I have few true idols in life. There are some that I look up to because of sage advice, some that I look up to because of their calibre in their field (whether it’s a field that interests me or not), and some that I look up to because of sheer badassery.

Carrie Fisher and Betty White are in the third category. Stan Lee is in the second. But today, I want to talk about a couple of idols of mine who always have words of wisdom when I am working on any art project. I can call on either or both of these men to tell me how to get through any artistic flub, block, or mishap.

I’m talking, of course, about Bob Ross and Tim Gunn.

Most people recognize Bob Ross the moment they see a picture of him. And yes, I realize he’s been dead for quite some time. In today’s media age, though, death less permanent than it may once have been. You see, Bob Ross doesn’t have to be alive to give me words of wisdom. He’s already given them to me–to millions, really.

Happy accidents. That’s right, fuck those mistakes. Make that errant brush stroke, that missed stitch, that “oopsie” into an intentional part of the work. Own it.

I’ve forgotten this advice at times. I get frustrated or upset at my mistakes, but at least in terms of art I can still hold my head high and be proud of whatever my happy accidents have wrought.

Tim Gunn is another art idol of mine–and while this one is living, he’s also someone I’ve neither met nor interacted with. So how does he give me advice?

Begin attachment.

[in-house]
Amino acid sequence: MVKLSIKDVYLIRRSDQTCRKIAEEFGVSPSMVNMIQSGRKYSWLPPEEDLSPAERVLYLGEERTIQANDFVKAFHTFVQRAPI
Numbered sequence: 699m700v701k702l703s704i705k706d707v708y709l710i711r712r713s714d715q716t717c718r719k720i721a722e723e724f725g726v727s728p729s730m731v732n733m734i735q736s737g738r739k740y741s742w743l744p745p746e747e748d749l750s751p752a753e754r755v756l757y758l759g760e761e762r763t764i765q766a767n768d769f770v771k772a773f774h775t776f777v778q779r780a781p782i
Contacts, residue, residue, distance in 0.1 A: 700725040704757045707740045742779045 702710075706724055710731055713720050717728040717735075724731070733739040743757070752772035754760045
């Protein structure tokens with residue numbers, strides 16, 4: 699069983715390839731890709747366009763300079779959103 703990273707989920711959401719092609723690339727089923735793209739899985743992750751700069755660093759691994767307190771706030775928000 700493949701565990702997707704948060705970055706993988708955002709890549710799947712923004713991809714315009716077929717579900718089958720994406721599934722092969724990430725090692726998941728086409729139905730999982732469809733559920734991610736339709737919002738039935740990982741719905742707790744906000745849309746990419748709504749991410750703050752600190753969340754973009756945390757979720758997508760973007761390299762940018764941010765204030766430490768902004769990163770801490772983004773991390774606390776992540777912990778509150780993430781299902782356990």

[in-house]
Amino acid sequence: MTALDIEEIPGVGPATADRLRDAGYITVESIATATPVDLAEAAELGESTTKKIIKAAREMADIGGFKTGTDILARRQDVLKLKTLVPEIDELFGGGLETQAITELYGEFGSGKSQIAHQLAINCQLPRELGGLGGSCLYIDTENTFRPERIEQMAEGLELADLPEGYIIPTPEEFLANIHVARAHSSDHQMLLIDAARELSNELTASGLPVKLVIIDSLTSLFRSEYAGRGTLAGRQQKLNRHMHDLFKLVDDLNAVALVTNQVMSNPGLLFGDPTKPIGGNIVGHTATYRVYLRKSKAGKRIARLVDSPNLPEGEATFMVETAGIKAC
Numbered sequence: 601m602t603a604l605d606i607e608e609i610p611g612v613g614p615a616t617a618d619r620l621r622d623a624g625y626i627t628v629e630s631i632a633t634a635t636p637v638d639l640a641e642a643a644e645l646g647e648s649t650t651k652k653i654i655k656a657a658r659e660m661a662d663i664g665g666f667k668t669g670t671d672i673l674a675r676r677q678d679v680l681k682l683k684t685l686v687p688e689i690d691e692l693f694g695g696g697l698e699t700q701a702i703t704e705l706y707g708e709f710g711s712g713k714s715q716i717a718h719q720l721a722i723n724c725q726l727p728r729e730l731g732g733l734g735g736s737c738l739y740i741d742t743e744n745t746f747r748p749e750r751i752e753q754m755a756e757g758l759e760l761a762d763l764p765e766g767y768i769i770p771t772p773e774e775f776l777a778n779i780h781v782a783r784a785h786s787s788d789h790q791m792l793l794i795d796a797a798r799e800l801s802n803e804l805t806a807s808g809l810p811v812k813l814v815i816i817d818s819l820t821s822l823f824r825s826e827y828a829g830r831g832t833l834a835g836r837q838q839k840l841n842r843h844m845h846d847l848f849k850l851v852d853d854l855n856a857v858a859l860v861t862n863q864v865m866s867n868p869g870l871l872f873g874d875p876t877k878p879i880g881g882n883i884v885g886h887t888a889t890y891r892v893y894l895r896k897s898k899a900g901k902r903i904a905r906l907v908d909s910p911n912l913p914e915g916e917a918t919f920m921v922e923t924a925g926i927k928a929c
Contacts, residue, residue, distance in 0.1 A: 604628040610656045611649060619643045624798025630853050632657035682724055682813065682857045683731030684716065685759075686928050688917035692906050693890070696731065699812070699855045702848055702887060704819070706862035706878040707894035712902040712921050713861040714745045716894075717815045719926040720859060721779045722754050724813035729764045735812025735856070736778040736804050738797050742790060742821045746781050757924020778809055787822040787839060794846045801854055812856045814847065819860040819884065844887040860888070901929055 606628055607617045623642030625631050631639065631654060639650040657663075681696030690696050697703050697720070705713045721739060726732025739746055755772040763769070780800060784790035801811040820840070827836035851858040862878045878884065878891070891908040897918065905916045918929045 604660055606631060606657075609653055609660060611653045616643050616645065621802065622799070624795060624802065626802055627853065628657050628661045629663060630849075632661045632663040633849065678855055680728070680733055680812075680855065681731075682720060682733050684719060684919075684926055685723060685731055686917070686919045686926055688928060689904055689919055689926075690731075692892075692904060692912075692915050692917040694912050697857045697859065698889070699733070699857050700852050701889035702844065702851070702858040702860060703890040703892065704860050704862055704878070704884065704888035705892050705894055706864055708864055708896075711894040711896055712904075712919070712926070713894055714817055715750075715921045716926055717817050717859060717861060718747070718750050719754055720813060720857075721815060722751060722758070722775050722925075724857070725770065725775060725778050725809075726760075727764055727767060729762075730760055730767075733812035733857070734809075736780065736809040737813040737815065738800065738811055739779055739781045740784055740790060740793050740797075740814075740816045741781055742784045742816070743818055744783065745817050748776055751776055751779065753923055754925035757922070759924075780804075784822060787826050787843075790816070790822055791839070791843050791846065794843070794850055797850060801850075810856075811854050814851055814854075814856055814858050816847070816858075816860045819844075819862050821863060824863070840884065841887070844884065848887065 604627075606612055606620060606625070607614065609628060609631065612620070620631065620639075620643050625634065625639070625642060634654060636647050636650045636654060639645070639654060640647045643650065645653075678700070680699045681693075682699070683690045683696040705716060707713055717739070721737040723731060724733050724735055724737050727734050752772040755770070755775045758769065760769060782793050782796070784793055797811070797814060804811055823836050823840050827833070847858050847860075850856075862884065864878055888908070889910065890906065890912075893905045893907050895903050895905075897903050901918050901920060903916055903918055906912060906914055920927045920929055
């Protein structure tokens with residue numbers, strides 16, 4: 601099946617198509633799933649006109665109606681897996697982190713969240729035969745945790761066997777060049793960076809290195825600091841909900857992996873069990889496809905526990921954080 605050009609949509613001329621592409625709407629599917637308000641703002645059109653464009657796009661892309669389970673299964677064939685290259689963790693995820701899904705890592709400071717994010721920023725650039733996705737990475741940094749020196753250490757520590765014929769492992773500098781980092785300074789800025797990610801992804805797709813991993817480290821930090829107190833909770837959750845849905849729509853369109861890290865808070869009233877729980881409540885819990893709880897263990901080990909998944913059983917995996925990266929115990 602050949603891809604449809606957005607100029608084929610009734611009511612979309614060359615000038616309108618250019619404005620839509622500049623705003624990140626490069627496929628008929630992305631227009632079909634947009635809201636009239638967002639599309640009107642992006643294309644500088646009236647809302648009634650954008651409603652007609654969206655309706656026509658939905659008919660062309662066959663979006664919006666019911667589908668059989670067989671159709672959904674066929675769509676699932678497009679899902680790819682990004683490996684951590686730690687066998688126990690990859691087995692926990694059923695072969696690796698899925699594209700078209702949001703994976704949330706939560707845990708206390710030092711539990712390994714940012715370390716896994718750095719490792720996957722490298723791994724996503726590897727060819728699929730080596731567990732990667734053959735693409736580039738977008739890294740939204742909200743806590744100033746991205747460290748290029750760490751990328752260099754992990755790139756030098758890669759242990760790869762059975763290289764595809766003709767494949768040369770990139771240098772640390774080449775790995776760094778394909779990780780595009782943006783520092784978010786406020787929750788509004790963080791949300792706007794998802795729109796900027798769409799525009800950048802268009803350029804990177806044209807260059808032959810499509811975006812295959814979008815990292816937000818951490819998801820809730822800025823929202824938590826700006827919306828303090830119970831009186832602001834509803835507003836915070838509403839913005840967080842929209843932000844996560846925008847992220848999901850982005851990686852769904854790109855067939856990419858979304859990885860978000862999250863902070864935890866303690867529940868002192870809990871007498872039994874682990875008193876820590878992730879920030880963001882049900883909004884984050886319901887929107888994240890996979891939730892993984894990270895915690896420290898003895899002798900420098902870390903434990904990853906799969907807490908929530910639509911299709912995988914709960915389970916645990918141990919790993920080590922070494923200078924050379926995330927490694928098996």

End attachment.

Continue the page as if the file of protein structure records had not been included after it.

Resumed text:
He tells me to make it work.

How is that not inspiring? And for anyone who’s seen him on Project Runway, he doesn’t say it in a pushing, bossy, or degrading tone. Ever the gentleman, he says it in the classiest way possible.

Even when he’s not too sure about the work in progress that he sees, he’s still encouraging.

“Carry on.” He will tell you to carry on because he’s giving you the chance to prove him wrong.

“Happy accidents,” “Make it work,” and “Carry on.” Sage words from top men in the realms of art and fashion.

How can I use these words to get me through my daily life? Well, in healthcare, you can’t really make accidents happy. You can’t always make it work. But carrying on? Hmm… that one may require reinterpretation. Perhaps not interpreted as “carry on with the mistake that you’re making”–more like “carry on despite any mistakes”? I don’t know. They’re not my work idols, after all.

I think I might try to find (or design) some kind of embroidery that harnesses these three phrases, something I can hang in my house with pride.

Speaking of pride, my Laurel gave me the best compliment today after I told her about my latest “make it work moment”–She said Tim Gunn would be proud of me.

That was the boost I needed today.

So get out there. Make art. Make accidents. Make it work.

And carry on.